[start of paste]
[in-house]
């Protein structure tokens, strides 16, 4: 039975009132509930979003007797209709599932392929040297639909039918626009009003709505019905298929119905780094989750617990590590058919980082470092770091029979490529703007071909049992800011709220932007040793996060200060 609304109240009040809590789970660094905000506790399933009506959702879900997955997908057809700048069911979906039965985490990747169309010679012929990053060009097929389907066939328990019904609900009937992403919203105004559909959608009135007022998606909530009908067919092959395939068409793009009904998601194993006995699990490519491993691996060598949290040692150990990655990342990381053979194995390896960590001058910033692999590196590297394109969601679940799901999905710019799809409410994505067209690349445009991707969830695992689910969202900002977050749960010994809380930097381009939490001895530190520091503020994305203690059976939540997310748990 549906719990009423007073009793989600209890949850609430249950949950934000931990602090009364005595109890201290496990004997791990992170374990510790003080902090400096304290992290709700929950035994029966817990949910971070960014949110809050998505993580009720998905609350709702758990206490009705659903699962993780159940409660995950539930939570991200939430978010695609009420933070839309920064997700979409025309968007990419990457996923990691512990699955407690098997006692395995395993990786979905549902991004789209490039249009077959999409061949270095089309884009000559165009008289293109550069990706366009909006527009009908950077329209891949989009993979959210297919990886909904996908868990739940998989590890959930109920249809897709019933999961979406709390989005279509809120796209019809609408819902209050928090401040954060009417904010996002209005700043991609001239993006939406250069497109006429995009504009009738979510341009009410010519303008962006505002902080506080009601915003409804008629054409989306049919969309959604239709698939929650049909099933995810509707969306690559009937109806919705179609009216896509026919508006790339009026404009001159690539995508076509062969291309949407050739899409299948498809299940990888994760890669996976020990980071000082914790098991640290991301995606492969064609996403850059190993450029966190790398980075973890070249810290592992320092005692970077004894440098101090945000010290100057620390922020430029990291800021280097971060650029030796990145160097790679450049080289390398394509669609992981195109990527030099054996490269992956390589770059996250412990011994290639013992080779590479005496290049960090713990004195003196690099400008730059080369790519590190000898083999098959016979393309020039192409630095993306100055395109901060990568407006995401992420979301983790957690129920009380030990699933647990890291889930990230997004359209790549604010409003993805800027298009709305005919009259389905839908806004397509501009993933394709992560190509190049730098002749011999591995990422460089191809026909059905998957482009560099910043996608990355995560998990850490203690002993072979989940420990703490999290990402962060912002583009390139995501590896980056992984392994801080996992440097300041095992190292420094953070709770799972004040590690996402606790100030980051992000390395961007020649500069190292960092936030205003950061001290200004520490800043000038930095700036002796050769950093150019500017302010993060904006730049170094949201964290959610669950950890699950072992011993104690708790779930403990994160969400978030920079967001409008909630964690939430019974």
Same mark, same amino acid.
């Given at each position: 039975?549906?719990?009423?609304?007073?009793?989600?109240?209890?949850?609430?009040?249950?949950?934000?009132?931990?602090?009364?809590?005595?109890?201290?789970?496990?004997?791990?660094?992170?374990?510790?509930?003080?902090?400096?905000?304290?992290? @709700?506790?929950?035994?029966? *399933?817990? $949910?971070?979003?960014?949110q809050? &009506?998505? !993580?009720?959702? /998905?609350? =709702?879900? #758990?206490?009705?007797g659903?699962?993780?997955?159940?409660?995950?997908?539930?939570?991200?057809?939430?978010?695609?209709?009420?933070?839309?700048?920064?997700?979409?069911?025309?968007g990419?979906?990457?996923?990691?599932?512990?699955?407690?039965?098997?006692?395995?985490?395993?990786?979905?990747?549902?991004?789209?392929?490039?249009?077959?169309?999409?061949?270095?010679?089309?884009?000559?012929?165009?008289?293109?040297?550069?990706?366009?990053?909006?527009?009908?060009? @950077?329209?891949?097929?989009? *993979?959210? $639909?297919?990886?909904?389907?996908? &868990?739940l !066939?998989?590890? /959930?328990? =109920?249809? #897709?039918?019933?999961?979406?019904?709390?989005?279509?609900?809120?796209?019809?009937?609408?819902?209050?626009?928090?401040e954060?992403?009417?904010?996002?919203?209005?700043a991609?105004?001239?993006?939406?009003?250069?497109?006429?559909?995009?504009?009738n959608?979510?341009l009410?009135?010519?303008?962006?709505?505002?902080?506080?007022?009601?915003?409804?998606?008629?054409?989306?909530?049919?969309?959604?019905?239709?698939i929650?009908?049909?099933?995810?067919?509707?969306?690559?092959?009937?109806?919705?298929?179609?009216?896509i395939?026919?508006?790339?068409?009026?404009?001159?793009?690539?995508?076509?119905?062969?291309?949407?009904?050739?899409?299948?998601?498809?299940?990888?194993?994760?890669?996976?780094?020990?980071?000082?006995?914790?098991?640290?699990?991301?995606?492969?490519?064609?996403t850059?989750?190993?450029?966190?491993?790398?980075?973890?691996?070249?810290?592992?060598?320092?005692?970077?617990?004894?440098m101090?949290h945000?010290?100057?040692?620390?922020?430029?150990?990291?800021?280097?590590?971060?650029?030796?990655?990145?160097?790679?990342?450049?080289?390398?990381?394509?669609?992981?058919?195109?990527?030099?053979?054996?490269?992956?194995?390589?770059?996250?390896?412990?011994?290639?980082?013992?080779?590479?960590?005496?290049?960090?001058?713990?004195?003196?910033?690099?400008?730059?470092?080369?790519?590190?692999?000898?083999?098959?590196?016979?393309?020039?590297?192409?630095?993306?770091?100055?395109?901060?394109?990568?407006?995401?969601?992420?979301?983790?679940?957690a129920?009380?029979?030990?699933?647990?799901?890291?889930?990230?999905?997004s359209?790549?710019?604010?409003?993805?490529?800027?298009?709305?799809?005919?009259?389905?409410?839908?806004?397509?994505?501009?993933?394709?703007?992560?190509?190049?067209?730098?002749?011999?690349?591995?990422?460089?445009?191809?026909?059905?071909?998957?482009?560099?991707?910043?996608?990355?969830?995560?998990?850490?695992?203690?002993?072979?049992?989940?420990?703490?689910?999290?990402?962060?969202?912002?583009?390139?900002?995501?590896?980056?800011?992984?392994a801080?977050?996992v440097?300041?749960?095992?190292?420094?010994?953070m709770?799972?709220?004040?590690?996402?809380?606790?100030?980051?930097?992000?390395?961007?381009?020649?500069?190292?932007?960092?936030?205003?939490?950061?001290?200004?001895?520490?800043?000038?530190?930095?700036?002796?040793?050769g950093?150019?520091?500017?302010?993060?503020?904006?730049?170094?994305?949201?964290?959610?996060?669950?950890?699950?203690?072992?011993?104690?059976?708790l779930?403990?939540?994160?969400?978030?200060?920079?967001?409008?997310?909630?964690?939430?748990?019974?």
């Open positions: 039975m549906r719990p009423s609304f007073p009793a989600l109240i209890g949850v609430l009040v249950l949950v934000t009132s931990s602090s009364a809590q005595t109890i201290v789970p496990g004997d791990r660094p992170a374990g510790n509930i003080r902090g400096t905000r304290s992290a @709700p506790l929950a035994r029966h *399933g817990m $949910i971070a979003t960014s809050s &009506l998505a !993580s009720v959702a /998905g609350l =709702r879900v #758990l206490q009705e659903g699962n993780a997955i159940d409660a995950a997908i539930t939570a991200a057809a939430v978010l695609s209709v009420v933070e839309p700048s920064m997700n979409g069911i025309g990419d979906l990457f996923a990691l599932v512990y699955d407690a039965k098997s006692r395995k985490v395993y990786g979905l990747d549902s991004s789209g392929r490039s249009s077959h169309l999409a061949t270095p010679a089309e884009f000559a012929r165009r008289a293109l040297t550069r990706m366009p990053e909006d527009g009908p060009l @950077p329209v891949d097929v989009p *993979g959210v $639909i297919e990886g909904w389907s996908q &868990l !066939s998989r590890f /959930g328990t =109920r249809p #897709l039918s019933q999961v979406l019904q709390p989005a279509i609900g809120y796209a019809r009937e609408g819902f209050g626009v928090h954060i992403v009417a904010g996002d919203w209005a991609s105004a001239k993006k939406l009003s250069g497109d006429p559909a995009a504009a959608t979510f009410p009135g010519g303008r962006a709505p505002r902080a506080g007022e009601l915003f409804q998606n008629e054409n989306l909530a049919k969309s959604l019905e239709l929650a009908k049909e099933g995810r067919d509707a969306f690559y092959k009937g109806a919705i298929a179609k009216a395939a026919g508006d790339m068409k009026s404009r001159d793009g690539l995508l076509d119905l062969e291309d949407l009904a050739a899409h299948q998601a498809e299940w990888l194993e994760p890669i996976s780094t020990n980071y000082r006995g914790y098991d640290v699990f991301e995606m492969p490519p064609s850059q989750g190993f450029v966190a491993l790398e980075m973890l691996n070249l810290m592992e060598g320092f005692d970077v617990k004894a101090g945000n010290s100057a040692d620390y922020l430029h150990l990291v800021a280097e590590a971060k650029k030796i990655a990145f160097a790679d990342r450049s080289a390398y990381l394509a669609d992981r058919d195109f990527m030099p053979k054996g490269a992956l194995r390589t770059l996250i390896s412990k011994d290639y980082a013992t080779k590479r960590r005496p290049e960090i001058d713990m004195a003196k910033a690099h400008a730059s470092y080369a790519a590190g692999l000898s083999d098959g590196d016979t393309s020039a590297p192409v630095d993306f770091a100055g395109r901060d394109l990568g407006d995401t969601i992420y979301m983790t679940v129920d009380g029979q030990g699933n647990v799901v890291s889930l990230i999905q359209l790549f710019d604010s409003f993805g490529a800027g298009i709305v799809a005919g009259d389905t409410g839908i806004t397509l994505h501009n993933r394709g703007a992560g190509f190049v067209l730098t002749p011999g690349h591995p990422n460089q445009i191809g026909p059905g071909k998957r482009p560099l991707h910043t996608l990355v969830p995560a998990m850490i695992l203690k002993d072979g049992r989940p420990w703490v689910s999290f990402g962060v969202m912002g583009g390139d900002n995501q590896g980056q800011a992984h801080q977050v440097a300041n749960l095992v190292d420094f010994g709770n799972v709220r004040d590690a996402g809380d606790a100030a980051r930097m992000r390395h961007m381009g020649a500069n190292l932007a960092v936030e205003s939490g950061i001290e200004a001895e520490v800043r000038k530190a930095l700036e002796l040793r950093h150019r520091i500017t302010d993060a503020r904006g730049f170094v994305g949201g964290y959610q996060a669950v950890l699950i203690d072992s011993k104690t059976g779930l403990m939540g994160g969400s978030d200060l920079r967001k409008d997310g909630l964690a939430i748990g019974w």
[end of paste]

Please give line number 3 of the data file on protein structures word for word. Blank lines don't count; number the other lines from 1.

Same mark, same amino acid.